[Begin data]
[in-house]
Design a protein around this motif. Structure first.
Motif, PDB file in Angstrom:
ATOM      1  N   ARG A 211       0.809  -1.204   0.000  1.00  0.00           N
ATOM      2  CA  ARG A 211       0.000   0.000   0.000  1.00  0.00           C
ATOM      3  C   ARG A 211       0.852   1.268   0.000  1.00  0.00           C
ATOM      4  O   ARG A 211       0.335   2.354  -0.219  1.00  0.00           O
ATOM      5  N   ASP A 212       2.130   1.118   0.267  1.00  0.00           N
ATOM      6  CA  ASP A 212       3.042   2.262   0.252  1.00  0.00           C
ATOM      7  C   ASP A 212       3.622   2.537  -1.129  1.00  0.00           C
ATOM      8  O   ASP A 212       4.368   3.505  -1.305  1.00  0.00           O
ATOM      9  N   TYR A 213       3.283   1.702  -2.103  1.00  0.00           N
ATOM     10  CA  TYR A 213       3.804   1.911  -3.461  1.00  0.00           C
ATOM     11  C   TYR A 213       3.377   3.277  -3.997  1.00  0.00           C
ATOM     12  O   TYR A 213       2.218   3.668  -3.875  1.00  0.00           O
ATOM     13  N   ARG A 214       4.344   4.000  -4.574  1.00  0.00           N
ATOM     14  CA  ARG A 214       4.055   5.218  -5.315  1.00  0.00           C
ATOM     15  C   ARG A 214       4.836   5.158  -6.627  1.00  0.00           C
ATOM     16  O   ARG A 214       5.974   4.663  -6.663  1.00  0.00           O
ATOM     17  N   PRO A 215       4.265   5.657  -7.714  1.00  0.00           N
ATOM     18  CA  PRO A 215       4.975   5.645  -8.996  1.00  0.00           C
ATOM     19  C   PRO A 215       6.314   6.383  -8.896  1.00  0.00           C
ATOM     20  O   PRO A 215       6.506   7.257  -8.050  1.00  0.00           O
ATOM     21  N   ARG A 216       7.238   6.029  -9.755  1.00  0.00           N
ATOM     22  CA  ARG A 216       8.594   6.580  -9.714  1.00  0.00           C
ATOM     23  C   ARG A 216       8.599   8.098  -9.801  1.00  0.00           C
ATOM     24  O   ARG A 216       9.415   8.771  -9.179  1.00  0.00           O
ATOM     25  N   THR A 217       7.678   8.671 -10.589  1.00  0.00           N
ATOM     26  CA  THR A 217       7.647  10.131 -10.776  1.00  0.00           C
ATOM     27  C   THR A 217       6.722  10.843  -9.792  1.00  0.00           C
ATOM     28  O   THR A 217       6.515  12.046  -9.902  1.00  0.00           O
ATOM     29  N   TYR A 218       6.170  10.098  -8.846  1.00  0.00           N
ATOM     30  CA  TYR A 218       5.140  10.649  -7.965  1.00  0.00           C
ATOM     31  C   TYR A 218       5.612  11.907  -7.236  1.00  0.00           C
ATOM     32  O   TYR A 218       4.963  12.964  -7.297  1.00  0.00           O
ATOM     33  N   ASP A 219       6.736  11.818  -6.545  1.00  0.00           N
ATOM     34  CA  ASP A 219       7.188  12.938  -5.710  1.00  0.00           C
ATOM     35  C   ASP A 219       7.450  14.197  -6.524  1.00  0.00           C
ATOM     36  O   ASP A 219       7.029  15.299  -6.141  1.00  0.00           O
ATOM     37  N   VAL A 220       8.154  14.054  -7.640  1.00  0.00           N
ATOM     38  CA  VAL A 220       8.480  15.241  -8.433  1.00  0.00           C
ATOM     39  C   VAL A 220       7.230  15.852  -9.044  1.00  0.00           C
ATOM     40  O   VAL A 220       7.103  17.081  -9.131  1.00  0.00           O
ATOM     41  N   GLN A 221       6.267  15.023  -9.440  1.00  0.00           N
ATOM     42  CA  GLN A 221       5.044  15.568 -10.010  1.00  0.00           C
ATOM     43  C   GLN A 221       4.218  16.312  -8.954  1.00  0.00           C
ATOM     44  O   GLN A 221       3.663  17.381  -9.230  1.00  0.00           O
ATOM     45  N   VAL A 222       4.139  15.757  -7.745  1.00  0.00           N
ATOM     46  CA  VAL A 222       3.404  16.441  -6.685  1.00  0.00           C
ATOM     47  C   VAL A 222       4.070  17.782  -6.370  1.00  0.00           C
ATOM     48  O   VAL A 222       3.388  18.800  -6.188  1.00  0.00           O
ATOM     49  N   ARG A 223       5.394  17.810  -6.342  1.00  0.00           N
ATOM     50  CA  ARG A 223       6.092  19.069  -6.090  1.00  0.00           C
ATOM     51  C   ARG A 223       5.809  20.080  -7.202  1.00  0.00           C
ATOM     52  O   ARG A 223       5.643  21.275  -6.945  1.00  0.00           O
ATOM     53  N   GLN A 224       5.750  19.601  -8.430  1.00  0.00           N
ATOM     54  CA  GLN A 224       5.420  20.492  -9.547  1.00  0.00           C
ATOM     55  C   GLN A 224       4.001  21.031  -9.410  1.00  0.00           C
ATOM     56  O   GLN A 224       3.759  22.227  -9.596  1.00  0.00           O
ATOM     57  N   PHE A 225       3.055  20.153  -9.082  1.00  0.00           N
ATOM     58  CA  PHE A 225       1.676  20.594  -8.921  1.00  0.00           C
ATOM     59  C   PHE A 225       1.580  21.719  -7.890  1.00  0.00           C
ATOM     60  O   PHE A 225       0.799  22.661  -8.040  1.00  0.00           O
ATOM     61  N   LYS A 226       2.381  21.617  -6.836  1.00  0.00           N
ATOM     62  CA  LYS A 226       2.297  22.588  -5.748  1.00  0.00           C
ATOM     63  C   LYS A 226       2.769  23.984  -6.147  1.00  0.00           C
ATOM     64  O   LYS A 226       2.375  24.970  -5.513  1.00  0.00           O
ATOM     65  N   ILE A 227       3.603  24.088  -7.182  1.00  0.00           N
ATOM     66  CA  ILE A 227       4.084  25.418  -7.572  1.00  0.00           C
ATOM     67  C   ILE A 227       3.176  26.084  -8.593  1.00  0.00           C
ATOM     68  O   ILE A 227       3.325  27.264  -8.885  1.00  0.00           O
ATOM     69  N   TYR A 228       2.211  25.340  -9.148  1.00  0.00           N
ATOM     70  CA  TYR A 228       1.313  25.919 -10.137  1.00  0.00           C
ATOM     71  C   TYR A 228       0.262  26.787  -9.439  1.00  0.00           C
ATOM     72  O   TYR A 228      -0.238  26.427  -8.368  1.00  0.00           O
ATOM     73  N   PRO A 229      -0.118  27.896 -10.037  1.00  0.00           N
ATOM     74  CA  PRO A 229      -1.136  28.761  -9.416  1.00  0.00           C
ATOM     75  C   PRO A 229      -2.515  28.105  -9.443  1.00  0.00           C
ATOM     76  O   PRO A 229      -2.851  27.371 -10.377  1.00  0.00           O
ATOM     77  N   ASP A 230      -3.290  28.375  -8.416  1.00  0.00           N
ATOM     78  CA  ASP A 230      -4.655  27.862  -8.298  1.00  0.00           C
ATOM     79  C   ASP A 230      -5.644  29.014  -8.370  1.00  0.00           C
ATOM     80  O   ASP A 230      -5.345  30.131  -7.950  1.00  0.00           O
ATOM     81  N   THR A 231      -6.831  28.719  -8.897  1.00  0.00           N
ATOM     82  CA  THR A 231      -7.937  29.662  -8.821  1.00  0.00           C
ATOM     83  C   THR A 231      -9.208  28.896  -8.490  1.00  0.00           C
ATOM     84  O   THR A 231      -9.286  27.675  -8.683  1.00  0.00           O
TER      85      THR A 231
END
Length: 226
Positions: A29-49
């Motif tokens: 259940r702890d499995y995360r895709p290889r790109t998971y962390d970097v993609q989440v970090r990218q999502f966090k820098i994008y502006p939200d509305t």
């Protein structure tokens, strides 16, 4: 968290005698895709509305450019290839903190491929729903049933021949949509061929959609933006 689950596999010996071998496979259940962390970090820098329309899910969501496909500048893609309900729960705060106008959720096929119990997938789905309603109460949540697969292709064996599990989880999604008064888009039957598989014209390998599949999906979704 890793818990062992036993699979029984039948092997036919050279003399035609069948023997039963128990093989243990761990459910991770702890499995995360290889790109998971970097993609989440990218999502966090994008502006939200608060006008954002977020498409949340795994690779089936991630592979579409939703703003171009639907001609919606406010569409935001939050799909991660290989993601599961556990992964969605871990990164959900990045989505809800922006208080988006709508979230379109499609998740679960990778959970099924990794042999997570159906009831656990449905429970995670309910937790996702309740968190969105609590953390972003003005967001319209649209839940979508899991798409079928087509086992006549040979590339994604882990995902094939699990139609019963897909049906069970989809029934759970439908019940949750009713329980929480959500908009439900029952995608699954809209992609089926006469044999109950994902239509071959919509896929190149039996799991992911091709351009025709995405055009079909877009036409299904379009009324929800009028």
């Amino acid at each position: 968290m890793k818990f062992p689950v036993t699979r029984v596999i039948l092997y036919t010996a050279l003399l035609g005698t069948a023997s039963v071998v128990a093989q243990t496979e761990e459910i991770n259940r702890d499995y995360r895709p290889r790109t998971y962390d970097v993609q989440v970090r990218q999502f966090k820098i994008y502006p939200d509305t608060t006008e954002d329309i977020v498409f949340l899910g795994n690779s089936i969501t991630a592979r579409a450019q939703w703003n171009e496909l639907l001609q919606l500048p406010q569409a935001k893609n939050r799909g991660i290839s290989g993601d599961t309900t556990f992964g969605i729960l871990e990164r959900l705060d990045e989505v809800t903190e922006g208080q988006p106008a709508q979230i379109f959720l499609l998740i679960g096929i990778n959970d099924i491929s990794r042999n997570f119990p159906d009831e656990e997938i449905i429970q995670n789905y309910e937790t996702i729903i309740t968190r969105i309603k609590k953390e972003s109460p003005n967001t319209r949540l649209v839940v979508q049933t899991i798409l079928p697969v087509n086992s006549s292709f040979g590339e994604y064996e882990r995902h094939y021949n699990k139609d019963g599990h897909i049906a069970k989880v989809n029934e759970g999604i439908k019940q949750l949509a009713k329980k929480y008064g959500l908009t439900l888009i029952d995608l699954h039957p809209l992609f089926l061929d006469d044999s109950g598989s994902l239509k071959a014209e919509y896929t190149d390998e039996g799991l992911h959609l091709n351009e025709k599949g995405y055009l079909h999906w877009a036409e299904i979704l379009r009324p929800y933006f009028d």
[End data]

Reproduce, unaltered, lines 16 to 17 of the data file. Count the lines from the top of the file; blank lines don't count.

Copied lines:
ATOM     13  N   ARG A 214       4.344   4.000  -4.574  1.00  0.00           N
ATOM     14  CA  ARG A 214       4.055   5.218  -5.315  1.00  0.00           C